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AI can write believable lies.  That is one of the hazards no one expected.

“Slow but spectacular”: A different slant on AI

Ken MacLeod will be a Guest of Honor at Glasgow WorldCon in 2024.

An award-winning science fiction writer talks about what excites him—or not—about artificial intelligence.

Q: Are you excited by AI, or is it more “let's wait and see”?
A: A bit of both. To tell you the truth, the science fiction writers of the 90s really bought into the hype about AI. We bought into the hype about nanotechnology and we oversold the near future possibilities of AI and nanotech. And that's really the way that science and technology advance. Like in real life, there is a very recognizable “hype cycle” for any new technology where they promise the earth at the beginning, and lots of investors rush in, and you get funding, and so on. And then things eventually are somewhat less spectacular than originally hoped. 

Q: I always thought it tended to be slower than people thought, but bigger than people thought. So, it will be massive, but just not as immediate?
A: That's a very good way of putting it. I had not expected Chat GPT, for instance. And the real advances have been slow but spectacular. To take a very simple example: Google Translate. I tried it once 10 years ago for a laugh. I had given a remote talk in Russia that was interpreted into Russian, and then I interpreted it back. And the result was very funny and very clunky. And nowadays, you go to a Chinese site, click on Google Translate, and you get almost seamless idiomatic English right in front of you in a second or two.

Q: So, is there going to be a Worldcon [The World Science Fiction Convention] in five or 10 years, or is AI going to be able to write the sci-fi that humans currently write? 
A: I don't think AI can yet write believable fiction. It can write believable lies. That is one of the AI hazards that nobody had expected. If you do a search on a certain company's search engine and use the little chatbot, you will find loads of very bad results very quickly. This is shocking because it's filling the internet with rubbish. 

Q: So, what do you make of Elon Musk’s call for a referee for AI development—the need for it to be contained, to have guardrails? 
A: It is really striking that the big AI developers keep telling us that AI could pose an existential threat to the human race, and yet they keep developing it. What's really going on here? I think we can only approach this with a degree of wariness.

Q: They would say you can't put the genie back in the bottle, and therefore we have to keep developing it. And it's not for us to do the guardrails. It's for regulators and governments.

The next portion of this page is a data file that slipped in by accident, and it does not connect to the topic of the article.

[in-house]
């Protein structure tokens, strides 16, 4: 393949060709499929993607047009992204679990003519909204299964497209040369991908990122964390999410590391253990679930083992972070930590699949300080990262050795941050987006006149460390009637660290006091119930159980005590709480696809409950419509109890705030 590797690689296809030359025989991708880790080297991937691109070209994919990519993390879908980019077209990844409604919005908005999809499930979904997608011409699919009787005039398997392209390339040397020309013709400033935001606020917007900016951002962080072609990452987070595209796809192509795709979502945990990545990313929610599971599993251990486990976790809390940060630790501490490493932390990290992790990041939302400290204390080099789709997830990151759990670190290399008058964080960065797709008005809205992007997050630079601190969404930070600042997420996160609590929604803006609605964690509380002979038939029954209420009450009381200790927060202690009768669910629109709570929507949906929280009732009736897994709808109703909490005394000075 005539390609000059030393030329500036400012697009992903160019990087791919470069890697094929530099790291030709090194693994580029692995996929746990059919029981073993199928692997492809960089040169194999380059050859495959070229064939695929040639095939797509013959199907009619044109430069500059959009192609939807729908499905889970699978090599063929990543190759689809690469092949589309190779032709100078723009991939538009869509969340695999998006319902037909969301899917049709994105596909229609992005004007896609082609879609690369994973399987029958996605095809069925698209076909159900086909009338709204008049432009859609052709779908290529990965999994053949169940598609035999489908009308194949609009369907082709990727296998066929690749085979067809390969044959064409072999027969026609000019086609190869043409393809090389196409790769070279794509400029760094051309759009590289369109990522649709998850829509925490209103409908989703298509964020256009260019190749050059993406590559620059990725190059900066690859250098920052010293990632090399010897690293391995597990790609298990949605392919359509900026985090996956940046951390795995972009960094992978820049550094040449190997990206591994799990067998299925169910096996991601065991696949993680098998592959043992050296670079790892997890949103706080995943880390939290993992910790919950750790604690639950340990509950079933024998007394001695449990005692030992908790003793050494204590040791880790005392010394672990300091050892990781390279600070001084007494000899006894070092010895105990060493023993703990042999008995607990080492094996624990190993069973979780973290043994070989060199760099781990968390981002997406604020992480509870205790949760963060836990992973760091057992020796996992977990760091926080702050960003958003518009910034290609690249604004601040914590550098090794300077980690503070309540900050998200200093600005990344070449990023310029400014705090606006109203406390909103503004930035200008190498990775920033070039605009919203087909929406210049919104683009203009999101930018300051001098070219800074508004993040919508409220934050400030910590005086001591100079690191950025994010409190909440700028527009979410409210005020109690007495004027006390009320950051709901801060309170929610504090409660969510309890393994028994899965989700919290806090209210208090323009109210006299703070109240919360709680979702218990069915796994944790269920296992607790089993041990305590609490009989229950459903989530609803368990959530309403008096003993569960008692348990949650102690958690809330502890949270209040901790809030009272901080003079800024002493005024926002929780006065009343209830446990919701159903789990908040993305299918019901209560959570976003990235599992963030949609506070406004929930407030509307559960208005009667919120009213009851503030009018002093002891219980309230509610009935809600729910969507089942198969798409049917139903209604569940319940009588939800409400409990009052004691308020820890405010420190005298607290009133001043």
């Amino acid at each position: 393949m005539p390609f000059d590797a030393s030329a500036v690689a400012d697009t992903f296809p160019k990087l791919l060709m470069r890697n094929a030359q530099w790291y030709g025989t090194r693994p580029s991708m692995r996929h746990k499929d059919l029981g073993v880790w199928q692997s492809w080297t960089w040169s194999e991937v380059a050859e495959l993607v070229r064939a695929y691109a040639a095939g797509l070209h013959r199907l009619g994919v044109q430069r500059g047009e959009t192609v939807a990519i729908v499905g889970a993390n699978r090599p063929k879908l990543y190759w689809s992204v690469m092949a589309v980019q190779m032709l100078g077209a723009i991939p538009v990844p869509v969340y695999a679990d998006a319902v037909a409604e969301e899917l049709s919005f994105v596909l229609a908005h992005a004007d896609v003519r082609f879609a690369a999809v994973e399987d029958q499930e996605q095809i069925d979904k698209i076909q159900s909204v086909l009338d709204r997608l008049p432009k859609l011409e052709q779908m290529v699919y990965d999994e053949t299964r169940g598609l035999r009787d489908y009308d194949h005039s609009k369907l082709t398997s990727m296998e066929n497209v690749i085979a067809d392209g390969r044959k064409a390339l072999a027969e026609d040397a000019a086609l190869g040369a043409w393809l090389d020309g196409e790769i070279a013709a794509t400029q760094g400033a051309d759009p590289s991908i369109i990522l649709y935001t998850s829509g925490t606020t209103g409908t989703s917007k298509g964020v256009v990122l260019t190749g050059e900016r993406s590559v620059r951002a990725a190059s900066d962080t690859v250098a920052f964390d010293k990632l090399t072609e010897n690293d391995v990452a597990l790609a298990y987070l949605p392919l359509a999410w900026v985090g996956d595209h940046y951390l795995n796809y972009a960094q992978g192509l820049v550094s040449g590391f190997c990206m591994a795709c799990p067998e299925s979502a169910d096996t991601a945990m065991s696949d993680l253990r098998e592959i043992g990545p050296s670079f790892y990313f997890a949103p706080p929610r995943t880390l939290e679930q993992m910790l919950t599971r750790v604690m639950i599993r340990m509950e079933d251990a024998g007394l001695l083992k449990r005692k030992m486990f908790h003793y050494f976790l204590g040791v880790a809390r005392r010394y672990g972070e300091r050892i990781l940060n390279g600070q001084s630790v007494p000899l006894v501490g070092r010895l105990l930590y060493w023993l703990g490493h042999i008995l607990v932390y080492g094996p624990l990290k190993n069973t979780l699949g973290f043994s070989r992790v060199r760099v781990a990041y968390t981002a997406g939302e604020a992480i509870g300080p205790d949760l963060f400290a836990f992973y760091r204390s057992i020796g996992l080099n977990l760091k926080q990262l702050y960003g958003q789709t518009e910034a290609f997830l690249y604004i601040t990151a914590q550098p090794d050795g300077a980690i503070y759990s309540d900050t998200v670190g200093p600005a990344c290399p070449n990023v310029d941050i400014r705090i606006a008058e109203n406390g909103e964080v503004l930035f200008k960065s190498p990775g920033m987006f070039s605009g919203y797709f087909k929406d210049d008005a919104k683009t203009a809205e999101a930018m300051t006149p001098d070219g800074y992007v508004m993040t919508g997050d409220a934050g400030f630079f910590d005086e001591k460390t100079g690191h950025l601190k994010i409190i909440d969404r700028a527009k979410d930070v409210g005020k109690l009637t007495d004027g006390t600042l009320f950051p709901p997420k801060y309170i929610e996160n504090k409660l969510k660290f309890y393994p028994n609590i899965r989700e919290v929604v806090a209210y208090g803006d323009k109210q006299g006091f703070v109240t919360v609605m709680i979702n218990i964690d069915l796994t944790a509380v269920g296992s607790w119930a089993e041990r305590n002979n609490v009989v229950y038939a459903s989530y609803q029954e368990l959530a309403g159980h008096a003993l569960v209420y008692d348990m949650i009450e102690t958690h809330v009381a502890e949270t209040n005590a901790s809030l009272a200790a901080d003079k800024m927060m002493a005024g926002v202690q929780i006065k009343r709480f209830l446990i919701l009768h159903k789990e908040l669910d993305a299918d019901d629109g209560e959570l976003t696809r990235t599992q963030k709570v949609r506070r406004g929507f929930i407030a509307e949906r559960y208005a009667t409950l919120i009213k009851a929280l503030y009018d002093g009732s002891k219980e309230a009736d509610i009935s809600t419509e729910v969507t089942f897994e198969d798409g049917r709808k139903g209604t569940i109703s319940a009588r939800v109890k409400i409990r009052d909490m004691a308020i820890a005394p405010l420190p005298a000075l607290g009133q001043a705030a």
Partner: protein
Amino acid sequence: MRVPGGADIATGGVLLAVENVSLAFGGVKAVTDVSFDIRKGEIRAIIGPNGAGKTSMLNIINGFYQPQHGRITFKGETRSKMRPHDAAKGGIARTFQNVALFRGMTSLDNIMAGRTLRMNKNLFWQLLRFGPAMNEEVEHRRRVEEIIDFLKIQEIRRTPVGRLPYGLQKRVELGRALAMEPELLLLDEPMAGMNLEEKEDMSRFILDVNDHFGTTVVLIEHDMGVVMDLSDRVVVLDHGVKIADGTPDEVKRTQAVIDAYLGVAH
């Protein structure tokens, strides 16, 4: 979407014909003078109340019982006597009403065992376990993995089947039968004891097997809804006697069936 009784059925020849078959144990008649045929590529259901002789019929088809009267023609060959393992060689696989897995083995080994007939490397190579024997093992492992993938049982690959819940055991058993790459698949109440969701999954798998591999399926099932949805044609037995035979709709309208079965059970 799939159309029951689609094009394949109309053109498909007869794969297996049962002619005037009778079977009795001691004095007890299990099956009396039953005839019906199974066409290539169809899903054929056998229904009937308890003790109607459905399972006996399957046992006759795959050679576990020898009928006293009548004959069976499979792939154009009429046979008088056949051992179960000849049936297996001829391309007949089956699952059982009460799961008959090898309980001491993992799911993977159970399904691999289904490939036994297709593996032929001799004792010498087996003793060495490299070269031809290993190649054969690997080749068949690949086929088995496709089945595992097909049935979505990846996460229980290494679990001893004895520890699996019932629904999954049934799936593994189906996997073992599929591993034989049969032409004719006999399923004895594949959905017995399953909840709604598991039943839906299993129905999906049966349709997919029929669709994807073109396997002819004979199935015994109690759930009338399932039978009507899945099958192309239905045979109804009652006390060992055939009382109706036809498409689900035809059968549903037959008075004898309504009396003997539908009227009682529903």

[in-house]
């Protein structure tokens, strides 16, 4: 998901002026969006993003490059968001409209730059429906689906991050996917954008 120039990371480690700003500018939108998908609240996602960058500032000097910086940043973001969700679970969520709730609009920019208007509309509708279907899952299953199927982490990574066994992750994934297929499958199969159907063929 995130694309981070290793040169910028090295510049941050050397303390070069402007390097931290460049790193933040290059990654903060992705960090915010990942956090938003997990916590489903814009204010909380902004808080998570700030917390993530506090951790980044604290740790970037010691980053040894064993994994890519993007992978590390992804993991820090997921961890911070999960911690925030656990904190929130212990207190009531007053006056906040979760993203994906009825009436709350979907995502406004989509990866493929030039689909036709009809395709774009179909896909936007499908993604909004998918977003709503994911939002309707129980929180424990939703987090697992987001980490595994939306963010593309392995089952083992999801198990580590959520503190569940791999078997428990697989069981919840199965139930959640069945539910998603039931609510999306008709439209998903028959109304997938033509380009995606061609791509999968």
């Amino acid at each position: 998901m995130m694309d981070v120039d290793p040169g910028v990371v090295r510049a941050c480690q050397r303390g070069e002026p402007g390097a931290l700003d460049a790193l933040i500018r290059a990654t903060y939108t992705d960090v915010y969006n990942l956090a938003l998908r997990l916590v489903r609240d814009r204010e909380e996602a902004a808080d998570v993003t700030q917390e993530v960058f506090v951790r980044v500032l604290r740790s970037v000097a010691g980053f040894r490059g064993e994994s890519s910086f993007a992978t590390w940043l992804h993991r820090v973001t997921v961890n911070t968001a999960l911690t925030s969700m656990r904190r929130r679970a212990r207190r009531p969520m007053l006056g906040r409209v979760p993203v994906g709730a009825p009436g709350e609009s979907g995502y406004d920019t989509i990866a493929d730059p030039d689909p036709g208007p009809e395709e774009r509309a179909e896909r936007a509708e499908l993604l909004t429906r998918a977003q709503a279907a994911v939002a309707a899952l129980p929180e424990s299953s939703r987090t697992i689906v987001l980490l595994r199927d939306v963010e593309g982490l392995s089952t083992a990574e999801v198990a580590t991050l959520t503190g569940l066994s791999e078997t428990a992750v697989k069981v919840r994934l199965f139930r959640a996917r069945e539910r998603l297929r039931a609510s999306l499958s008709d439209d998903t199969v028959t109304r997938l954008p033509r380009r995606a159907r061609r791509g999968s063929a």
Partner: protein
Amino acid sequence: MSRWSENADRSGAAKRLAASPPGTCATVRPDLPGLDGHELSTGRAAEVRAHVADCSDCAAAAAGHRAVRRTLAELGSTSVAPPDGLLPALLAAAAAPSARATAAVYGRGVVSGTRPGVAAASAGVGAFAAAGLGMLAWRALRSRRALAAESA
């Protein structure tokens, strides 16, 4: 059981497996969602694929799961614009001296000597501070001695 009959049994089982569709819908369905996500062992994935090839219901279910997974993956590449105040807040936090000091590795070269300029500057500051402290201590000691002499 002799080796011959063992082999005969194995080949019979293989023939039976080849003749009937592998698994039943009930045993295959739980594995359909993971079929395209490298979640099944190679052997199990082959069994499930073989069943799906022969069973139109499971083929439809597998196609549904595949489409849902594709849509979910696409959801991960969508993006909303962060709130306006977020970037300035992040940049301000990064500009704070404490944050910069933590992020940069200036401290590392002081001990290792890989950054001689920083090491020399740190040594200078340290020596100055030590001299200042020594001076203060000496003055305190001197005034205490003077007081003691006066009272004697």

A: Yes, I think there needs to be regulation for sure, but again, you have to be wary of stepping on tender shoots there because the development of AI could be slowed down in open and liberal societies, and it could therefore be moved to less responsible actors. There's a balance to be struck, which probably requires a rather higher level of statesmanship than we currently enjoy. 

Q: Also, the problem, of course, is that most regulators and statesmen don't have the skills, the technological know-how, to know how to regulate it properly.
A: Indeed, they don't. And politicians often do a very bad job of even the simple thing of regulating the internet. And they come out with statements of terrifying ignorance—one British Member of Parliament was going around saying, “Why don't we just ban algorithms?” 

Q: How would you hope that AI does change society? 
A: What I want to be able to see is AI replacing an awful lot of routine and repetitive and stultifying work, and to a degree, it's already doing that. Though, as often with these things, it's not noticeable. You don't notice what isn't there. And what isn't there at the moment since the advent of desktop computers are typists and dispatch clerks. I was a dispatch clerk for a few years when I was still trying to be a scientist and doing it part-time. And it was a good, steady job, but it was intensely boring because it was basically typing the same invoices over and over again with different dates and all of that and putting them in. Nobody has to do that now. 

Q: So what is the role, do you think, of technology companies such as Huawei in trying to sell the benefits of technology? The world—and the media—seems pretty skeptical about it and tend to go for the fear element before the enthusiasm. 
A: You can see so many things that would be so useful to have AI doing rather than people doing—or even not being done at all—monitoring the health of every tree in that park, keeping the lake clean, designing the structure behind us, and so on. The only thing—and the best thing—that companies that want to be responsible can do is be honest. I think trust is very hard to recover once lost. 

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